It doesn’t take much time around Brandon Moreno before you can tell he’s a good hang. Always laughing, smiling, dancing or joking, “The Baby Assassin” has plenty to appreciate right now.
Although his return to the UFC ended in a draw, his follow-up against Kai Kara-France at UFC 245 saw Moreno’s hand raised inside the Octagon for the first time since 2017. The win was not only monumental for that fact, but also because it allowed Moreno to take over the wave of hype surrounding Kara-France and turn it into a bout with Jussier Formiga this weekend that could catapult him into the flyweight title picture. While the mention of a title shot brings Moreno’s easy smile to his face, he is well-aware of the challenge ahead.
“I have Formiga first in my mind,” Moreno said. “I need to beat that guy. I need to get this guy out of my way. I need to win this fight, and then I can think about the title.”
Formiga is much more than a steppingstone to the title. He is very much in the conversation as well. It was only one fight ago that Formiga squared off with Joseph Benavidez last June in a rematch to, at the time, determine the next flyweight title challenger. A second-round TKO sent Benavidez off to an eventual bout for the vacant title against Deiveson Figueiredo, whom Formiga beat a little more than a year ago.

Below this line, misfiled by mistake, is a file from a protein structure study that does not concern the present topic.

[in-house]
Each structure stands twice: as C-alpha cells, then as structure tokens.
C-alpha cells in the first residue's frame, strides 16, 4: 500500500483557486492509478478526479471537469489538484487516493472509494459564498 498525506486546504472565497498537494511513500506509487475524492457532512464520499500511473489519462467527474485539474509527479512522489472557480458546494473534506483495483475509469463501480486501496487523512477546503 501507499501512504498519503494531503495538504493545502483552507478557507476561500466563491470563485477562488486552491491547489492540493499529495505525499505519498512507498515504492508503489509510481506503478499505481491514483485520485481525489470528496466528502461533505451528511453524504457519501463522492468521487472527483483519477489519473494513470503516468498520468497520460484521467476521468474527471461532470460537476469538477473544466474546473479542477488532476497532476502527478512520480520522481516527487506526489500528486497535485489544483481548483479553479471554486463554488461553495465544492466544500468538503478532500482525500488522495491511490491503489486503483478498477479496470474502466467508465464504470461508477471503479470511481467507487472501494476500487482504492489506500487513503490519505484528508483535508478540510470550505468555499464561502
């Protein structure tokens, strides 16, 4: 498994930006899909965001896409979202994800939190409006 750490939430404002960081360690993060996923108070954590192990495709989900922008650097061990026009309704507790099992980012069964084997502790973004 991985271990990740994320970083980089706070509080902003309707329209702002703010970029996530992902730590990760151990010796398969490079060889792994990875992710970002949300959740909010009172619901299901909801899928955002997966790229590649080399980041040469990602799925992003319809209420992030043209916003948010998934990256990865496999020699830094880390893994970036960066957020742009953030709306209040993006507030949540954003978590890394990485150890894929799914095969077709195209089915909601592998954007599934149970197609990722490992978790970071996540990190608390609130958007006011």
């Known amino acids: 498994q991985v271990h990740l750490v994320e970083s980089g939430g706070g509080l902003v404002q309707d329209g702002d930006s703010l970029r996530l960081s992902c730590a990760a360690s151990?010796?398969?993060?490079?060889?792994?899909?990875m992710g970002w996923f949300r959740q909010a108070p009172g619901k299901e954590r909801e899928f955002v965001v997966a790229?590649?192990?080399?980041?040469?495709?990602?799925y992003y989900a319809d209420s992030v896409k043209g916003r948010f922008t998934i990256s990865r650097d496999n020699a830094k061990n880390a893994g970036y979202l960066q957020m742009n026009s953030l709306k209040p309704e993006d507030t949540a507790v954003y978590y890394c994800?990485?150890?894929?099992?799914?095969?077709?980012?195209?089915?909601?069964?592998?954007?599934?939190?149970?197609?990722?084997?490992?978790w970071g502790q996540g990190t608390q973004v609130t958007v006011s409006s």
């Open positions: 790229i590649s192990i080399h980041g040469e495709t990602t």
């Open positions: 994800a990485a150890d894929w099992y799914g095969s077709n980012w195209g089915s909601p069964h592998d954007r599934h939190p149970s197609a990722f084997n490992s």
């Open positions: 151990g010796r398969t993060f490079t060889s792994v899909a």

All that considered, Moreno feels like he’s in the perfect situation. His bout with Kara-France allowed the Mexican to showcase his revamped striking ability, and Formiga, who carries 10 submissions on his record, opens the door to a more well-rounded fight. “My style is perfect for him because is really good with wrestling, jiu-jitsu, but me too,” Moreno said. “I’m a brown belt in Brazilian jiu-jitsu. I have a lot of experience in that. And my striking has evolved.”
That evolution was on full display against Kara-France. Although the New Zealander landed the heavier shots in the first round, Moreno’s pressure and adjustments overwhelmed his opponent, and he walked away with a unanimous decision victory.
Moreno credits a new boxing coach, Drift Cortes, with helping him enhance his striking, which opens Moreno up to feel confident wherever the fight may lead.
“I feel more comfortable in the cage,” Moreno said. “Before, I feel like I just want to take the guy down, just control him, win really fast with a submission, and that’s it. But right now, I try to put more risk in the fights, and I don’t care to take some punches in my face. I just want to win the fight.”
Moreno’s focus, even when prodded about fighting Formiga in Brazil, remains locked on ending the night with his hand raised, regardless of where the fight takes place. Although the bout is Moreno’s first in the country, he is unfazed.
He is also unbothered when asked to consider the big-picture implications surrounding his fight and the potential rematch between Figueiredo and Benavidez. Moreno knows the UFC will make the fight that makes the most sense, and it’s up to him to make something happen for himself, something he is relaxed and sure about.
“I’m excited for this fight because I know if I win this fight, something huge is coming,” he said.
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